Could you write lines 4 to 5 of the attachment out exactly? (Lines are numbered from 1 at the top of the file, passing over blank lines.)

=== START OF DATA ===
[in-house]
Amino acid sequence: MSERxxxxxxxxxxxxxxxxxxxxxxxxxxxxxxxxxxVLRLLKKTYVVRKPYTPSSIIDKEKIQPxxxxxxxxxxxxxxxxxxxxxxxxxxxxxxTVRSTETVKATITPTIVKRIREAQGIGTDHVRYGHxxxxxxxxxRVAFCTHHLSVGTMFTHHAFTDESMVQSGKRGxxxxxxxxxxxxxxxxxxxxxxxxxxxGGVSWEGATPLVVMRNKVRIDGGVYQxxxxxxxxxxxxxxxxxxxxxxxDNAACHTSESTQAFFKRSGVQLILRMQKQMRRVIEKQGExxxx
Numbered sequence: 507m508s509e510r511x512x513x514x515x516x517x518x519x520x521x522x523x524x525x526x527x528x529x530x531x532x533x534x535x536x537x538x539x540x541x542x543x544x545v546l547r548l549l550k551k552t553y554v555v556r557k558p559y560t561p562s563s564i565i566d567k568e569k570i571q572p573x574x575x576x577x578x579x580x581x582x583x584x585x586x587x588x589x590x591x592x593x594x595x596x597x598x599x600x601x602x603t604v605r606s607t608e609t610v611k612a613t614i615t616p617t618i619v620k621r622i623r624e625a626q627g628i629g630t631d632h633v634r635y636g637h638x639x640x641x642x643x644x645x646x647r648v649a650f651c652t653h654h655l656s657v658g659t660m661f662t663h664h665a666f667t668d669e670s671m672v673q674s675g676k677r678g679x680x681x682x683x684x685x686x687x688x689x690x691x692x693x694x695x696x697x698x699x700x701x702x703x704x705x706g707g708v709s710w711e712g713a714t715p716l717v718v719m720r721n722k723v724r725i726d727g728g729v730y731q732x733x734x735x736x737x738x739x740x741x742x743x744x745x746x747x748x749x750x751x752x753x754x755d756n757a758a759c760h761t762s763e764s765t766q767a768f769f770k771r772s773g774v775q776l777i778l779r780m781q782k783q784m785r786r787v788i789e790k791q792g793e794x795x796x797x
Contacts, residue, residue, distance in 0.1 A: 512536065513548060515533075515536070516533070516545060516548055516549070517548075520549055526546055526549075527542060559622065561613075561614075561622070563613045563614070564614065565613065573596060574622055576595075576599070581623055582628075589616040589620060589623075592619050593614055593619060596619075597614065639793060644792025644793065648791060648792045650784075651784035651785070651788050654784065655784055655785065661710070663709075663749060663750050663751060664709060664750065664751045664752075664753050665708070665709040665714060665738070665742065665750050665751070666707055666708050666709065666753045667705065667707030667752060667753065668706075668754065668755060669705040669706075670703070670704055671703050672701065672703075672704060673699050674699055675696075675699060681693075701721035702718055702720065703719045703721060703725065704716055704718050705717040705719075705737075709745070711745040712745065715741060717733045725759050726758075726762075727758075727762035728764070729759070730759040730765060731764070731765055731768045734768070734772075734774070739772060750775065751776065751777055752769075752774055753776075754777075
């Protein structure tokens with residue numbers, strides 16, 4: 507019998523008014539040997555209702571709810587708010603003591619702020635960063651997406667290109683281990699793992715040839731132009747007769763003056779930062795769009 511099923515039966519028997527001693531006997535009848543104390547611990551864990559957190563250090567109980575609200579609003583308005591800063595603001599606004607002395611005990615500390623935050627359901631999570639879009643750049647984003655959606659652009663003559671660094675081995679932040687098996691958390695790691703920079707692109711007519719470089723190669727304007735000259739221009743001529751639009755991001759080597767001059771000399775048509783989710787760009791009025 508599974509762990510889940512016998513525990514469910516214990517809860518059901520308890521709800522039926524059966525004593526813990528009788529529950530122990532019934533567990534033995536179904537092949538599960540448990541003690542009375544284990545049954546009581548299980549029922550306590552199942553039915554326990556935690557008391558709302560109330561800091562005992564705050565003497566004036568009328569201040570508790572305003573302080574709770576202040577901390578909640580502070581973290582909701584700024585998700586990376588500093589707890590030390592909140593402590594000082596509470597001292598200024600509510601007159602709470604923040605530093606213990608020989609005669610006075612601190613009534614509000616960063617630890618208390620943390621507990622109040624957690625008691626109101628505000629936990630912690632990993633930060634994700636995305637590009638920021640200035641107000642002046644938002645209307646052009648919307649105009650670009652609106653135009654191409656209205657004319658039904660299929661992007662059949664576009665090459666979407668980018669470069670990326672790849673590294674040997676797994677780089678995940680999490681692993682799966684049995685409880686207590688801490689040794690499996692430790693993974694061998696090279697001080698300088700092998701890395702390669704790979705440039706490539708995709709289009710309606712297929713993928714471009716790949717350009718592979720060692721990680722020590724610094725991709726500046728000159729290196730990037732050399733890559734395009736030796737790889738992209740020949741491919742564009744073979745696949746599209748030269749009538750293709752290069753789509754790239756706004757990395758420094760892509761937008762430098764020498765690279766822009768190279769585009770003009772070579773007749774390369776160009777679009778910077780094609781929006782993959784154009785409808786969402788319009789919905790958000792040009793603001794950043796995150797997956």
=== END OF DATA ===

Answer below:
Contacts, residue, residue, distance in 0.1 A: 512536065513548060515533075515536070516533070516545060516548055516549070517548075520549055526546055526549075527542060559622065561613075561614075561622070563613045563614070564614065565613065573596060574622055576595075576599070581623055582628075589616040589620060589623075592619050593614055593619060596619075597614065639793060644792025644793065648791060648792045650784075651784035651785070651788050654784065655784055655785065661710070663709075663749060663750050663751060664709060664750065664751045664752075664753050665708070665709040665714060665738070665742065665750050665751070666707055666708050666709065666753045667705065667707030667752060667753065668706075668754065668755060669705040669706075670703070670704055671703050672701065672703075672704060673699050674699055675696075675699060681693075701721035702718055702720065703719045703721060703725065704716055704718050705717040705719075705737075709745070711745040712745065715741060717733045725759050726758075726762075727758075727762035728764070729759070730759040730765060731764070731765055731768045734768070734772075734774070739772060750775065751776065751777055752769075752774055753776075754777075
């Protein structure tokens with residue numbers, strides 16, 4: 507019998523008014539040997555209702571709810587708010603003591619702020635960063651997406667290109683281990699793992715040839731132009747007769763003056779930062795769009 511099923515039966519028997527001693531006997535009848543104390547611990551864990559957190563250090567109980575609200579609003583308005591800063595603001599606004607002395611005990615500390623935050627359901631999570639879009643750049647984003655959606659652009663003559671660094675081995679932040687098996691958390695790691703920079707692109711007519719470089723190669727304007735000259739221009743001529751639009755991001759080597767001059771000399775048509783989710787760009791009025 508599974509762990510889940512016998513525990514469910516214990517809860518059901520308890521709800522039926524059966525004593526813990528009788529529950530122990532019934533567990534033995536179904537092949538599960540448990541003690542009375544284990545049954546009581548299980549029922550306590552199942553039915554326990556935690557008391558709302560109330561800091562005992564705050565003497566004036568009328569201040570508790572305003573302080574709770576202040577901390578909640580502070581973290582909701584700024585998700586990376588500093589707890590030390592909140593402590594000082596509470597001292598200024600509510601007159602709470604923040605530093606213990608020989609005669610006075612601190613009534614509000616960063617630890618208390620943390621507990622109040624957690625008691626109101628505000629936990630912690632990993633930060634994700636995305637590009638920021640200035641107000642002046644938002645209307646052009648919307649105009650670009652609106653135009654191409656209205657004319658039904660299929661992007662059949664576009665090459666979407668980018669470069670990326672790849673590294674040997676797994677780089678995940680999490681692993682799966684049995685409880686207590688801490689040794690499996692430790693993974694061998696090279697001080698300088700092998701890395702390669704790979705440039706490539708995709709289009710309606712297929713993928714471009716790949717350009718592979720060692721990680722020590724610094725991709726500046728000159729290196730990037732050399733890559734395009736030796737790889738992209740020949741491919742564009744073979745696949746599209748030269749009538750293709752290069753789509754790239756706004757990395758420094760892509761937008762430098764020498765690279766822009768190279769585009770003009772070579773007749774390369776160009777679009778910077780094609781929006782993959784154009785409808786969402788319009789919905790958000792040009793603001794950043796995150797997956």